Oil prices dropped sharply on Monday as investors digested news of more supply coming to the market and fretted about rising COVID-19 cases around the world.
The slump came after oil producing nations announced they would ramp up supply in light of the recent global economic rebound that has accompanies reopening.
The Organization of the Petroleum Exporting Countries (OPEC) and its allies, including Russia, on Sunday said they would increase production by 400,000 barrels per day each month until supply was back to normal. The OPEC+ group agreed to cut supply by 5.8 million barrels per day last year in the face of slumping demand and prices. At the current pace of expansion, supply would normalise by the end of next year.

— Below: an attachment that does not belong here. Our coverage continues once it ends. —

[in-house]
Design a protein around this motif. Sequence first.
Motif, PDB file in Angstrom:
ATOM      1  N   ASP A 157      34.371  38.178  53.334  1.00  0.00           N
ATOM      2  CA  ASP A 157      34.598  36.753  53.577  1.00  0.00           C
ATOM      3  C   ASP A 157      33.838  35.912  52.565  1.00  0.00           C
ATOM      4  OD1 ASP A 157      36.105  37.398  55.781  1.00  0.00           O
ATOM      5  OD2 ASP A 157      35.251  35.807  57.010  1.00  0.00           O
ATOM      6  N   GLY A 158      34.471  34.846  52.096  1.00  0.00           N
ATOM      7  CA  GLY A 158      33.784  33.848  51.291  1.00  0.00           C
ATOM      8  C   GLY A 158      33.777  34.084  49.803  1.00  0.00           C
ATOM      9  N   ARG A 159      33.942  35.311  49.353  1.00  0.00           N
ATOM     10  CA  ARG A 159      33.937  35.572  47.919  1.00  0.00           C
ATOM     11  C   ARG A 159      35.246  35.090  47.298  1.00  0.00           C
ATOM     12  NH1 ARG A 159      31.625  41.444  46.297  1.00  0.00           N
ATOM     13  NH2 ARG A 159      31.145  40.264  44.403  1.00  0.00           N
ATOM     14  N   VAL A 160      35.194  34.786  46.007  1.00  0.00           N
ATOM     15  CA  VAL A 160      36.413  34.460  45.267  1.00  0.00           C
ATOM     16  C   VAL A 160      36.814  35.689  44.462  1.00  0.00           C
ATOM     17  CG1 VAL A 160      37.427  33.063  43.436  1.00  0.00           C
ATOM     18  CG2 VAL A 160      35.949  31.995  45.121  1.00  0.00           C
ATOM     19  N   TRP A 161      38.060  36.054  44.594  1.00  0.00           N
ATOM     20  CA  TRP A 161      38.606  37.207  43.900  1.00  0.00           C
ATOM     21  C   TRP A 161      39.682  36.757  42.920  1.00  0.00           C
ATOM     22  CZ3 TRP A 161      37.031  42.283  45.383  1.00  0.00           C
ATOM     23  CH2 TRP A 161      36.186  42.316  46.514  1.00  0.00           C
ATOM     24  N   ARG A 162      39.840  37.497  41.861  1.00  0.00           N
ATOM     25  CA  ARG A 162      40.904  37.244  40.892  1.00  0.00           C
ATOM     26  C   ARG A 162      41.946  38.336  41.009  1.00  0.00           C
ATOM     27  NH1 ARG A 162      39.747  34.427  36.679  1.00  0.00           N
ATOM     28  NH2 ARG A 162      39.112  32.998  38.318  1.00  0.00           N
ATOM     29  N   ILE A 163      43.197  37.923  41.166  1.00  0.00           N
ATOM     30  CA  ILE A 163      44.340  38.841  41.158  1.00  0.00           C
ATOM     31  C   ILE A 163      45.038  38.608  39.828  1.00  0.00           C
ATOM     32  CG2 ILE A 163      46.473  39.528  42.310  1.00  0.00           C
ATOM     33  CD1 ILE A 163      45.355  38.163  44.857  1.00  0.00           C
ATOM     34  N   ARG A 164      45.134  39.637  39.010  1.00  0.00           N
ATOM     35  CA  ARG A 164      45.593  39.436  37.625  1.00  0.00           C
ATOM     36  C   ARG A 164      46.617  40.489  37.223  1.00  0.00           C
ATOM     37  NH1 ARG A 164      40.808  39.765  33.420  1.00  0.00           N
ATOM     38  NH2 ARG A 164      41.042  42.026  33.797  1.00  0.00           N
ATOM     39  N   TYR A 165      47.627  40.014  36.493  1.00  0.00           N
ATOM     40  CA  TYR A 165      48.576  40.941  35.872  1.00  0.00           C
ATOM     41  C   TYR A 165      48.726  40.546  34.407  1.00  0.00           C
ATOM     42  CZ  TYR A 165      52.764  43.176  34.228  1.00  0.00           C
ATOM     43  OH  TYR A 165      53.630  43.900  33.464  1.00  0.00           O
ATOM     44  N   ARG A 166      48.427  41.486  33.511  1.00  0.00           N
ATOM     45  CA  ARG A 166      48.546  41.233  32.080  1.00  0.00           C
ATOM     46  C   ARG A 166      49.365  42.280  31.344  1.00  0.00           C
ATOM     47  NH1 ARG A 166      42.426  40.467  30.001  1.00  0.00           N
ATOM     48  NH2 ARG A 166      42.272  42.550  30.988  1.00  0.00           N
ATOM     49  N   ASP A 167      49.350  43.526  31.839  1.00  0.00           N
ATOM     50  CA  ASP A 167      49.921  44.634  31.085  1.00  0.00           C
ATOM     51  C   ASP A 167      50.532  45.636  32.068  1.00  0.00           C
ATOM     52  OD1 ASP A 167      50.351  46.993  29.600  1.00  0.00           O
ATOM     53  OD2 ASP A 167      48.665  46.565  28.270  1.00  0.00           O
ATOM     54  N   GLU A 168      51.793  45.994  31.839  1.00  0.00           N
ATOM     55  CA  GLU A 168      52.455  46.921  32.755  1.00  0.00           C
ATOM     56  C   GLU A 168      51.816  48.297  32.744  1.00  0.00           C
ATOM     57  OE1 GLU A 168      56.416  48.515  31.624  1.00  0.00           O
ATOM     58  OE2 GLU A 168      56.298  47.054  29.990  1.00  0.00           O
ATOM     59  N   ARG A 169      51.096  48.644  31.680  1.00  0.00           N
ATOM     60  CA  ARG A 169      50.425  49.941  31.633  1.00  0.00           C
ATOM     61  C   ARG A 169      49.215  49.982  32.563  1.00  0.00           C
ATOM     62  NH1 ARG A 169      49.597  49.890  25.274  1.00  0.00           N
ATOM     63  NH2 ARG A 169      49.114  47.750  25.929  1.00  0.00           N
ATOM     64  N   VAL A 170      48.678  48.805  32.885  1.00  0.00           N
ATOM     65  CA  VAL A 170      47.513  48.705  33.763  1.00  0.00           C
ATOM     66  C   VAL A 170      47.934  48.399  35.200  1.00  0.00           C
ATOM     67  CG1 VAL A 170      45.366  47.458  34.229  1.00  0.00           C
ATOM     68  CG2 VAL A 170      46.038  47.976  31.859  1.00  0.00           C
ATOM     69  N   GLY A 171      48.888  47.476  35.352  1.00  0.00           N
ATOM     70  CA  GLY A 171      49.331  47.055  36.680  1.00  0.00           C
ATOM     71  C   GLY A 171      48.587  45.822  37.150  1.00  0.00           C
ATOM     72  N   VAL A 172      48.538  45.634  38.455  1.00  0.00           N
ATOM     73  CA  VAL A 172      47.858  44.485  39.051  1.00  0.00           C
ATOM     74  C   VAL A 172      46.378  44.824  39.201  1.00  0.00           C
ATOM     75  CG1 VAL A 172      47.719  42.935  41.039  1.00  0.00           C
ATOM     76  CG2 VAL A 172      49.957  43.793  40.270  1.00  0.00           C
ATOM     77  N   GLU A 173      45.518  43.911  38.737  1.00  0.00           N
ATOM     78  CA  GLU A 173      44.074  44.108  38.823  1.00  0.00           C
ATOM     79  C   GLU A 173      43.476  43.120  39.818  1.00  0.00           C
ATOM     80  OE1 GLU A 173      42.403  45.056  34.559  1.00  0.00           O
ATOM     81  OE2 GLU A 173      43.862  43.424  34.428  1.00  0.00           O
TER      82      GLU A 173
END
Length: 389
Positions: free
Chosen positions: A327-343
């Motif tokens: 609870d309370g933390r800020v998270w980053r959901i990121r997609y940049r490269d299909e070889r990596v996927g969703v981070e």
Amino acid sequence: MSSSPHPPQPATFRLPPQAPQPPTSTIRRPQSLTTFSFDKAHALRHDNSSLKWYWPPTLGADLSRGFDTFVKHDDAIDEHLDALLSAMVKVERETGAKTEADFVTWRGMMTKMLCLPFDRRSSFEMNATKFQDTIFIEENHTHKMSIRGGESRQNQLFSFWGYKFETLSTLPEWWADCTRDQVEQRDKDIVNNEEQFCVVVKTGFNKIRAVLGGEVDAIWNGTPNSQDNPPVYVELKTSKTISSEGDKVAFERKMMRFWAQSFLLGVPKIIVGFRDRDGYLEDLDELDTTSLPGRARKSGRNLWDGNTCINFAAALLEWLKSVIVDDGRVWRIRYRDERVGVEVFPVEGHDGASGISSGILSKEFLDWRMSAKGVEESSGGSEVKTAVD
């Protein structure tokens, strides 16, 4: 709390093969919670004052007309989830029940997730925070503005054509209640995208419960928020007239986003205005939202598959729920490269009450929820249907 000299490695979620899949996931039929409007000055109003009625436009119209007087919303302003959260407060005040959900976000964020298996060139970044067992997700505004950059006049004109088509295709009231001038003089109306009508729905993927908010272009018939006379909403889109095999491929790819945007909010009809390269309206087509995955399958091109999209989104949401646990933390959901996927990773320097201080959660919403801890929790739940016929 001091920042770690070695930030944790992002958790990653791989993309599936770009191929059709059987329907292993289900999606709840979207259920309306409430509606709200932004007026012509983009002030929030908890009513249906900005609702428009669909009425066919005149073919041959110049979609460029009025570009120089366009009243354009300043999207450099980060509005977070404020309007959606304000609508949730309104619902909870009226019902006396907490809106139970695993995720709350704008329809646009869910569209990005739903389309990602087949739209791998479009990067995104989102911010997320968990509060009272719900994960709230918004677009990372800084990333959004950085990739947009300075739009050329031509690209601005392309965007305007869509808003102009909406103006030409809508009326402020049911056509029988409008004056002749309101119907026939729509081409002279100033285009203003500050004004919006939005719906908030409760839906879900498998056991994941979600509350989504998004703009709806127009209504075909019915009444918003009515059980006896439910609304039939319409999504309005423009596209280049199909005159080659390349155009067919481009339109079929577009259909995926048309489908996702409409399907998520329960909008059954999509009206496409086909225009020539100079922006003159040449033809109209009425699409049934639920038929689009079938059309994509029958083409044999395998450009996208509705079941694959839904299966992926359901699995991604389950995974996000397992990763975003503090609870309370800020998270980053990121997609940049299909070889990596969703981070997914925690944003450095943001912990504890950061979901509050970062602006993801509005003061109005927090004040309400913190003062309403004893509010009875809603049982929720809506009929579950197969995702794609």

The agreement resolves a reported conflict within OPEC+ between Saudi Arabia and the UAE over how much to pump. Earlier this month an OPEC+ meeting broke down after the two sides failed to agree on supply increases.
"The outcome of the arrangement would mean a surge in the supply of oil after oil prices reached their highest in nearly 3 years because of rising demand and production cuts," said Naeem Aslam, chief market analyst at Avatrade.
"However, traders should keep in mind that the slow pace of production growth indicates that producers are comfortable with current oil prices and are likely concerned about the pace of economic recovery as new coronavirus variants emerge."
Neil Wilson, chief market analyst at Markets.com, said concerns about rising cases of the Delta variant of COVID-19 globally was also hitting oil prices on Monday.
"The broad risk off tone in the market amid concerns of variants, rising cases and declining vaccine efficacy is also contributing to the soft price action this morning for oil," he said.
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